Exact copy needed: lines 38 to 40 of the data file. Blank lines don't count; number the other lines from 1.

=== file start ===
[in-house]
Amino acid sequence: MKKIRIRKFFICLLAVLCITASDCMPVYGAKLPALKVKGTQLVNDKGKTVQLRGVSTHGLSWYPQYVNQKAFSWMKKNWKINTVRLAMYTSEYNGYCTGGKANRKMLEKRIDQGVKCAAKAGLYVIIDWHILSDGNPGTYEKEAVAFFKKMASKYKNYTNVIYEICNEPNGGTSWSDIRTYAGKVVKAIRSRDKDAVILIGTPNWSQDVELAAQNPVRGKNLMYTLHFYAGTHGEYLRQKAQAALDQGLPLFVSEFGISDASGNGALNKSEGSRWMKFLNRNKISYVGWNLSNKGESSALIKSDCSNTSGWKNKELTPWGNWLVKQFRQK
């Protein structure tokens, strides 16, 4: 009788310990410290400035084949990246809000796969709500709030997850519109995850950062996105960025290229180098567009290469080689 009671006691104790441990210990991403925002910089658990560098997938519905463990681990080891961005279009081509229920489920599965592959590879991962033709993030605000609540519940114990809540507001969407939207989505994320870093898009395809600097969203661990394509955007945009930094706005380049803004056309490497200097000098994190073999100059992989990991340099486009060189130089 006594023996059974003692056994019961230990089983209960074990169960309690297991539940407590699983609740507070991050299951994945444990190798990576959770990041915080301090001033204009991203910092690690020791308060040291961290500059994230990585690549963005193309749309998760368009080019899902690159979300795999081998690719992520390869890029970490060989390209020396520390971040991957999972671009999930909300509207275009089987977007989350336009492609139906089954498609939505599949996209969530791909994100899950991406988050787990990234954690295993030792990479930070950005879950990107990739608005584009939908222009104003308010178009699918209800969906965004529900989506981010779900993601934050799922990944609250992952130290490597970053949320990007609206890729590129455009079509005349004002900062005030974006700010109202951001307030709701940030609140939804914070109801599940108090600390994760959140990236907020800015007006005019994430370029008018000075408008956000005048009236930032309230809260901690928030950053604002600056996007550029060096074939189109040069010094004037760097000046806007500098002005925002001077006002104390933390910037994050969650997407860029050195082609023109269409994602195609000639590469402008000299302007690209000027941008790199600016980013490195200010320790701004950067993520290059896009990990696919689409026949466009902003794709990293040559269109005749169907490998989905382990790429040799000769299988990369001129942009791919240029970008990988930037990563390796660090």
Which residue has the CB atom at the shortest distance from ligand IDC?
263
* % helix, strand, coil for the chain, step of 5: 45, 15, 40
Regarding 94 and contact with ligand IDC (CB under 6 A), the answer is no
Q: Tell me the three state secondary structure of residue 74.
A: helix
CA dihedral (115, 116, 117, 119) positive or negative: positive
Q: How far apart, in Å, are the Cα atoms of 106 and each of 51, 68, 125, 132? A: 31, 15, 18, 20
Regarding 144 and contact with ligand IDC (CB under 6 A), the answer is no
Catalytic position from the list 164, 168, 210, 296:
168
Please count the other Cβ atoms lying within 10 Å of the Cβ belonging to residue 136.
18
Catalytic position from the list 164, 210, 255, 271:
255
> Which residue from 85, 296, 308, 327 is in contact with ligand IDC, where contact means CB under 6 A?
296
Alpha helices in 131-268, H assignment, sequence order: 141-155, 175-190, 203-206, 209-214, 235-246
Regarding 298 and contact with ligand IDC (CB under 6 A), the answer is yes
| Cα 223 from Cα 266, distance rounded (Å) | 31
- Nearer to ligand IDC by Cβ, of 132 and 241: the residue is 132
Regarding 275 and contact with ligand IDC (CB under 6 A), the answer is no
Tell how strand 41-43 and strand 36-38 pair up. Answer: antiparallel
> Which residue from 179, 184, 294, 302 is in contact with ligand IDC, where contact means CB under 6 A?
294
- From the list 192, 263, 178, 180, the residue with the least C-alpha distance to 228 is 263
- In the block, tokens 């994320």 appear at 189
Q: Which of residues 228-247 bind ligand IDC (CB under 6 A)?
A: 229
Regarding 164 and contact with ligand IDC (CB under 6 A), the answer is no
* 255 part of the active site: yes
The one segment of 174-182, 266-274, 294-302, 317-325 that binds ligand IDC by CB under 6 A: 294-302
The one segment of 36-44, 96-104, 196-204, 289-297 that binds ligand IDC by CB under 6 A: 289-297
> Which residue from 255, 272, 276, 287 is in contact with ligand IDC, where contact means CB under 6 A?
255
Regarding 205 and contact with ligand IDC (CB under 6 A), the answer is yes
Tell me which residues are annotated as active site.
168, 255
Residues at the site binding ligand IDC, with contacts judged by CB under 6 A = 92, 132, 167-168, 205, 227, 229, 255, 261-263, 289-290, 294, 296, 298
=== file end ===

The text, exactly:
255
Regarding 205 and contact with ligand IDC (CB under 6 A), the answer is yes
Tell me which residues are annotated as active site.